Adiposity, Inflammation, and Risk for Death in Black and White Men and Women in the United States: The Reasons for Geographic and Racial Differences in Stroke (REGARDS) Study
ABSTRACT It has been proposed that adiposity is a protective response to excess caloric supply, but it is cardiometabolically harmful once adipocytes become inflamed.
The objective of the study was to assess whether elevated C-reactive protein (CRP), a measure of systemic inflammation, can differentiate individuals at higher mortality risk due to excess adiposity.
We conducted an observational study of 16,486 white and 11,168 black men and women in the Reasons for Geographic and Racial Differences in Stroke study, a U.S. national cohort.
The main outcome was all-cause mortality.
The mean age of the cohort was 64 ± 9 yr. Over a 6-yr period, 927 whites and 669 blacks died. The absolute risk of death was highest among underweight whites and blacks (9.2 and 14%, respectively), not the obese (4.7% whites; 4.0% blacks) or severely obese (5.9% whites; and 4.6% blacks). Among those with elevated CRP (≥3 vs. <1 mg/liter), underweight [hazard ratio (HR) 2.08, 95% confidence interval (CI) 1.03-4.21] and normal-weight (HR 2.62, 95% CI 1.87-3.67) whites were at significantly higher mortality risk but not severely obese whites (HR 1.55, 95% CI 0.77-2.96), resulting in a statistical interaction (P = 0.01). Similar results were also seen for blacks, although a higher mortality risk among severely obese blacks with CRP 3 or greater vs. less than 1 mg/liter was also demonstrated (HR 2.58, 95% CI 1.04-6.41). Among whites and black women, higher waist circumference was associated with an increased mortality risk, although this relationship was not modified by CRP levels (P = 0.47 for whites and P = 0.25 for blacks).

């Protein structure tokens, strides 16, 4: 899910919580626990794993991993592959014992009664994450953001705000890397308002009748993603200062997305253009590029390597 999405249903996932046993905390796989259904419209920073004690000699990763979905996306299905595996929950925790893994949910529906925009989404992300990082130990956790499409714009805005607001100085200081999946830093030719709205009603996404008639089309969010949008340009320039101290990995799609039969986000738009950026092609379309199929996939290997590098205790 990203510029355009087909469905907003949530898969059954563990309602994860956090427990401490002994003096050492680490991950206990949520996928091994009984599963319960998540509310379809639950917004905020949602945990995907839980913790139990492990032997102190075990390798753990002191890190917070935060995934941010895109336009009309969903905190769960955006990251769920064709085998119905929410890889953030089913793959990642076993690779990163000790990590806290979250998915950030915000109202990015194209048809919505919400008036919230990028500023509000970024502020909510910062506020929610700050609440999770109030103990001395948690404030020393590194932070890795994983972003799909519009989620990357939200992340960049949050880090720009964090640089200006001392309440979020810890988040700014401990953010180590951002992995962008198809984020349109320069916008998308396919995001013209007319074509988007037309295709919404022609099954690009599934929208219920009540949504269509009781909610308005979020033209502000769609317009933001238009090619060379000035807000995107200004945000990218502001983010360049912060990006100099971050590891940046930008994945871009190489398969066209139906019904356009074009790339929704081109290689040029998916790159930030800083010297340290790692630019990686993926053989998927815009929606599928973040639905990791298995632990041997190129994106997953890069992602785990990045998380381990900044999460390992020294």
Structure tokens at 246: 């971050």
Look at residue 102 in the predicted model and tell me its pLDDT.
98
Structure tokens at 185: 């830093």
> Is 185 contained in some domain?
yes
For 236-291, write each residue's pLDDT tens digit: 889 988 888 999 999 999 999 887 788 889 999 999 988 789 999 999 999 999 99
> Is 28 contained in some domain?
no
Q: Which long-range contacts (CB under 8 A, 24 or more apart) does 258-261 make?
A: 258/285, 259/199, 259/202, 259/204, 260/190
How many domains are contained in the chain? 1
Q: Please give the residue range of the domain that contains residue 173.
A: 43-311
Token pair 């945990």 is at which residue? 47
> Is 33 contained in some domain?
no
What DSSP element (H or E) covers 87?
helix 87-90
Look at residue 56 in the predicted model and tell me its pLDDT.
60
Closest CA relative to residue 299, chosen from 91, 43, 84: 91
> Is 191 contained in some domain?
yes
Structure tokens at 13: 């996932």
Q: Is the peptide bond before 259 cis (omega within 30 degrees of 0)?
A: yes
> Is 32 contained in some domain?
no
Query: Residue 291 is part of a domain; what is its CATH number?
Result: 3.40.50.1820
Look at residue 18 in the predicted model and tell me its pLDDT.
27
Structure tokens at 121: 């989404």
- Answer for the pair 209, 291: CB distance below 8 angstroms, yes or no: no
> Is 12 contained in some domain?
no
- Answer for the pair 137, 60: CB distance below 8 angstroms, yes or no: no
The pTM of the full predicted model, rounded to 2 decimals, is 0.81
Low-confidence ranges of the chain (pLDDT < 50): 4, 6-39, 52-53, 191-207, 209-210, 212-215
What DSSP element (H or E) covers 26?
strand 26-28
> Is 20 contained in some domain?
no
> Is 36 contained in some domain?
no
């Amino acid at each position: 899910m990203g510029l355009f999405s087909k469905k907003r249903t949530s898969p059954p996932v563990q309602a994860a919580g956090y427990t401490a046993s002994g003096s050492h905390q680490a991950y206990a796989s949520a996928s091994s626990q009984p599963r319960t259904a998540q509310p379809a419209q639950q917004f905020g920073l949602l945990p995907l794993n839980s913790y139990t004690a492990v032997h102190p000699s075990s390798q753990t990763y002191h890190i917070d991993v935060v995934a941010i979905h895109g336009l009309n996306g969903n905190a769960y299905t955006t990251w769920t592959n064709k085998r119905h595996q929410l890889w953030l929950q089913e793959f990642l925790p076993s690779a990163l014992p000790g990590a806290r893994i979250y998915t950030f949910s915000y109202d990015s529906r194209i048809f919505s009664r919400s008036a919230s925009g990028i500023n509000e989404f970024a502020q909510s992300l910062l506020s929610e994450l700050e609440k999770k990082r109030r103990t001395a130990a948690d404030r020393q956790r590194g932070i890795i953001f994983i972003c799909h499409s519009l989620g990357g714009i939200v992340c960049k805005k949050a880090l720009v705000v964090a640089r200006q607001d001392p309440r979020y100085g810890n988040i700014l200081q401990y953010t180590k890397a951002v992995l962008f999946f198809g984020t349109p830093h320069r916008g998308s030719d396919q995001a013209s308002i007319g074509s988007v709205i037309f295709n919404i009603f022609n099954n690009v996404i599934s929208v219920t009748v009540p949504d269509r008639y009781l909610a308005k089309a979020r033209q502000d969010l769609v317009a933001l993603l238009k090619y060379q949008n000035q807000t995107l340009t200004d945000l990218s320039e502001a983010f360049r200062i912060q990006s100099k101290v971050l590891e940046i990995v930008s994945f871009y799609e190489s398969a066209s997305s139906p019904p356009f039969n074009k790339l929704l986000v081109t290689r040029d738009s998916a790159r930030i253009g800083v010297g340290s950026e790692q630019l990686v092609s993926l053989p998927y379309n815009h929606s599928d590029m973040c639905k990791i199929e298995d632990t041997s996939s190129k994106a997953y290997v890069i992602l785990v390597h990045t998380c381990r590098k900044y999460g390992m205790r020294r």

Among middle-aged and older adults, the addition of CRP was most informative among underweight and normal-weight individuals, not the obese. This negated our hypothesis that increased levels of CRP would differentiate individuals at higher mortality risk due to excess adiposity.
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ABSTRACT: REasons for Geographic and Racial Differences in Stroke (REGARDS) is a longitudinal study supported by the National Institutes of Health to determine the disparities in stroke-related mortality across USA. REGARDS has published a body of work designed to understand the disparities in prevalence, awareness, treatment, and control of coronary heart disease (CHD) and its risk factors in a biracial national cohort. REGARDS has focused on racial and geographical disparities in the quality and access to health care, the influence of lack of medical insurance, and has attempted to contrast current guidelines in lipid lowering for secondary prevention in a nationwide cohort. It has described CHD risk from nontraditional risk factors such as chronic kidney disease, atrial fibrillation, and inflammation (i.e., high-sensitivity C-reactive protein) and has also assessed the role of depression, psychosocial, environmental, and lifestyle factors in CHD risk with emphasis on risk factor modification and ideal lifestyle factors. REGARDS has examined the utility of various methodologies, e.g., the process of medical record adjudication, proxy-based cause of death, and use of claim-based algorithms to determine CHD risk. Some valuable insight into less well-studied concepts such as the reliability of current troponin assays to identify "microsize infarcts," caregiving stress, and CHD, heart failure, and cognitive decline have also emerged. In this review, we discuss some of the most important findings from REGARDS in the context of the existing literature in an effort to identify gaps and directions for further research.Current Hypertension Reports 04/2015; 17(4):541. DOI:10.1007/s11906-015-0541-5 · 3.90 Impact Factor